[Skip to Content]
Access to paid content on this site is currently suspended due to excessive activity being detected from your IP address 54.146.176.30. Please contact the publisher to request reinstatement.
[Skip to Content Landing]
Views 725
Citations 0
Health Agencies Update
February 27, 2013

Herbal Medicine Examined

JAMA. 2013;309(8):759. doi:10.1001/jama.2013.854

Febrifugine, a traditional Chinese medicine used to treat fever associated with malaria, likely inhibits the synthesis of proteins in humans and the Plasmodium falciparum parasite. This property may explain the compound's mechanism of action, according to a study funded by the National Institute of General Medical Sciences that investigated the compound's structure and interactions.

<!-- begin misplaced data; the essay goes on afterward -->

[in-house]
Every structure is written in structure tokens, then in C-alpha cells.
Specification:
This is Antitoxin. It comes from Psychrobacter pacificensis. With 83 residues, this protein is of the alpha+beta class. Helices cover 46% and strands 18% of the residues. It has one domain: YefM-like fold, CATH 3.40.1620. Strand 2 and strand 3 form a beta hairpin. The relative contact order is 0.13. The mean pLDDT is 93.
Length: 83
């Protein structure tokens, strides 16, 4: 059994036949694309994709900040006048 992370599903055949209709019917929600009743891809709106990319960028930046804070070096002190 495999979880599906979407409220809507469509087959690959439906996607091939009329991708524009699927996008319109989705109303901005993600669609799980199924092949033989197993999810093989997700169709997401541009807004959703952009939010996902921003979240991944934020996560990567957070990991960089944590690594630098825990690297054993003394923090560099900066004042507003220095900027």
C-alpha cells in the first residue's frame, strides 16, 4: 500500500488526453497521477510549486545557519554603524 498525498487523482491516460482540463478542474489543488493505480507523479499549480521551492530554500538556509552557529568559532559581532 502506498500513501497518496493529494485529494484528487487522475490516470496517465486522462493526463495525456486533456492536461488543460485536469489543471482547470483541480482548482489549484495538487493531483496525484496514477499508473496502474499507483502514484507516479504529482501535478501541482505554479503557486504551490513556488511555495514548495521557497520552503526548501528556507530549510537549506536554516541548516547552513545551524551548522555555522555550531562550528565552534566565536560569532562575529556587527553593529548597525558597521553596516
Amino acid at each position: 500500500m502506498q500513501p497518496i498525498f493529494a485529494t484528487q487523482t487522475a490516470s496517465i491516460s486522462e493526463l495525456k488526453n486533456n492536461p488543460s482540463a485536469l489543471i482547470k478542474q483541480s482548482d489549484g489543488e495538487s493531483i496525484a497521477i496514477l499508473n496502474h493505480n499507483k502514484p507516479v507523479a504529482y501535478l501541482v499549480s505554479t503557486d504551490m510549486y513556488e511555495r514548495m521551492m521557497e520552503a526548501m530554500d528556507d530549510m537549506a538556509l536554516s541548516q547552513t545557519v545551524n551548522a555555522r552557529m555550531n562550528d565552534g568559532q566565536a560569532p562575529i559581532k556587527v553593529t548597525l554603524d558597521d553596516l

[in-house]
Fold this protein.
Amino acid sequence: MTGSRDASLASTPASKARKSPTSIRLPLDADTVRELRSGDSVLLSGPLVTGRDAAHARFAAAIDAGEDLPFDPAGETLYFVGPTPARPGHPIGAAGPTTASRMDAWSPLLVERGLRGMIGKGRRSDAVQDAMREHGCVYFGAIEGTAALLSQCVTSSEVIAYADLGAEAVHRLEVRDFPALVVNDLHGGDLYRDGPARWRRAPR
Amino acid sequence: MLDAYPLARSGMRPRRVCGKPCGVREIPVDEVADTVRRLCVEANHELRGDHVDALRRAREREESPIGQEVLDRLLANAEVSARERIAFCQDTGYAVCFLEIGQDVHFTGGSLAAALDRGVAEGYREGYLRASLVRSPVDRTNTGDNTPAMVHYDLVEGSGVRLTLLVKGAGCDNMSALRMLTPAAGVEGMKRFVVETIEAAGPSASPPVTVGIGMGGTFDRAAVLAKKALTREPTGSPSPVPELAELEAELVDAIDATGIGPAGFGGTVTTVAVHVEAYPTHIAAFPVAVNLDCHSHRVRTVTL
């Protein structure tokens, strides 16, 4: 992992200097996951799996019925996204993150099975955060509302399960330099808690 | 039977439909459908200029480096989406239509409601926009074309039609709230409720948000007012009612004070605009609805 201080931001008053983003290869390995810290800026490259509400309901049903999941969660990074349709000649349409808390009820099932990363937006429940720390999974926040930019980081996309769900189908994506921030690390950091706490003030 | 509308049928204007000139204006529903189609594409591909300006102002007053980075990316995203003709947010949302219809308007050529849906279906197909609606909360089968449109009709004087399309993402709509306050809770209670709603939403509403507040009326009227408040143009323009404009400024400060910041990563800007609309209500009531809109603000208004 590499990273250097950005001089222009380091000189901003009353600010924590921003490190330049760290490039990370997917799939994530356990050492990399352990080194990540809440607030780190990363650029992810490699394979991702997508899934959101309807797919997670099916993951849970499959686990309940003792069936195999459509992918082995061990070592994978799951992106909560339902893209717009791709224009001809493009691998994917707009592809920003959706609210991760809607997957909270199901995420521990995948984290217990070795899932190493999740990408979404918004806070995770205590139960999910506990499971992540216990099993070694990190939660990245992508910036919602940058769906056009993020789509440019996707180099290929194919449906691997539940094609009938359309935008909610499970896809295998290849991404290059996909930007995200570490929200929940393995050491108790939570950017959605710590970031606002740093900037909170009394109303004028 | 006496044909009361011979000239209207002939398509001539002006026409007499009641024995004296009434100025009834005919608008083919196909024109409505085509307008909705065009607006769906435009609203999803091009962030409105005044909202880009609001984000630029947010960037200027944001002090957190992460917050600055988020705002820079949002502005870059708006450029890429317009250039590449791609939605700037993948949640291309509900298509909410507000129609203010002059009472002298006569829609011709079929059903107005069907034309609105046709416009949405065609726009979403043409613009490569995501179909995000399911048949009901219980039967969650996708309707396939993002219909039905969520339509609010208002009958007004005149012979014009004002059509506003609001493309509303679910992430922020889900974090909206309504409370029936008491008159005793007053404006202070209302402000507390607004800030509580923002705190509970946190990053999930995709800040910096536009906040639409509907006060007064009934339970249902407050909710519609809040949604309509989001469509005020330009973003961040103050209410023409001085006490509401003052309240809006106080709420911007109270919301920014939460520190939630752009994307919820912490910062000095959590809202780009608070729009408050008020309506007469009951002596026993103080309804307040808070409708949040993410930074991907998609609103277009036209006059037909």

Febrifugine is the active ingredient in Chang Shan, an herbal remedy believed to have been used for about 2000 years, according to the study's authors (Zhou H et al. Nature. 2013;494[7435]:121-124). Previous evidence suggests that halofuginone, which is derived from febrifugine, suppresses the immune system; this derivative has been tested in clinical trials as a treatment for cancer and scleroderma. The new study probed the precise chemical structure of halofuginone and how it interacts with other compounds.

First Page Preview View Large
First page PDF preview
First page PDF preview
×